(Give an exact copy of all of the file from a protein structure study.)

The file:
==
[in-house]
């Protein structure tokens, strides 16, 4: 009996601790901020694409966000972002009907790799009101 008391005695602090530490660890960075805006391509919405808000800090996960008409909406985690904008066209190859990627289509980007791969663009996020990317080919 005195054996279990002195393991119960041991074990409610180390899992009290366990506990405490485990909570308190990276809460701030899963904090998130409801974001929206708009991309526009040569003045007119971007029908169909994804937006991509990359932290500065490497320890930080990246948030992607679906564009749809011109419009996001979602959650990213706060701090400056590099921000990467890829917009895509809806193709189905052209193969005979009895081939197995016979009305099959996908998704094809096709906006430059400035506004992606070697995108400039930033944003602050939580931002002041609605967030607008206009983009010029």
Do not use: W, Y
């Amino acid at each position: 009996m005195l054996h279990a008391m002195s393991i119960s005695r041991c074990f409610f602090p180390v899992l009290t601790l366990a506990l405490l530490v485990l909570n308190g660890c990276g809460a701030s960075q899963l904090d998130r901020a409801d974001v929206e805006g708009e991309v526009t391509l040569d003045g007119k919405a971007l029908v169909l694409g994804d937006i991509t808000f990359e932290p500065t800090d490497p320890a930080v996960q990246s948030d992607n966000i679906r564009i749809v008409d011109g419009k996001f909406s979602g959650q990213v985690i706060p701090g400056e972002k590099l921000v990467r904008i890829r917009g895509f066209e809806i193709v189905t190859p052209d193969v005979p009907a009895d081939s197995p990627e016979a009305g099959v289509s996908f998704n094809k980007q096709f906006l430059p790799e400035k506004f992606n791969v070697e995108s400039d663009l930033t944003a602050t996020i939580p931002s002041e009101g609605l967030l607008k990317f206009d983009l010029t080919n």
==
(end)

[in-house]
């Protein structure tokens, strides 16, 4: 009996601790901020694409966000972002009907790799009101 008391005695602090530490660890960075805006391509919405808000800090996960008409909406985690904008066209190859990627289509980007791969663009996020990317080919 005195054996279990002195393991119960041991074990409610180390899992009290366990506990405490485990909570308190990276809460701030899963904090998130409801974001929206708009991309526009040569003045007119971007029908169909994804937006991509990359932290500065490497320890930080990246948030992607679906564009749809011109419009996001979602959650990213706060701090400056590099921000990467890829917009895509809806193709189905052209193969005979009895081939197995016979009305099959996908998704094809096709906006430059400035506004992606070697995108400039930033944003602050939580931002002041609605967030607008206009983009010029």
Do not use: W, Y
């Amino acid at each position: 009996m005195l054996h279990a008391m002195s393991i119960s005695r041991c074990f409610f602090p180390v899992l009290t601790l366990a506990l405490l530490v485990l909570n308190g660890c990276g809460a701030s960075q899963l904090d998130r901020a409801d974001v929206e805006g708009e991309v526009t391509l040569d003045g007119k919405a971007l029908v169909l694409g994804d937006i991509t808000f990359e932290p500065t800090d490497p320890a930080v996960q990246s948030d992607n966000i679906r564009i749809v008409d011109g419009k996001f909406s979602g959650q990213v985690i706060p701090g400056e972002k590099l921000v990467r904008i890829r917009g895509f066209e809806i193709v189905t190859p052209d193969v005979p009907a009895d081939s197995p990627e016979a009305g099959v289509s996908f998704n094809k980007q096709f906006l430059p790799e400035k506004f992606n791969v070697e995108s400039d663009l930033t944003a602050t996020i939580p931002s002041e009101g609605l967030l607008k990317f206009d983009l010029t080919n």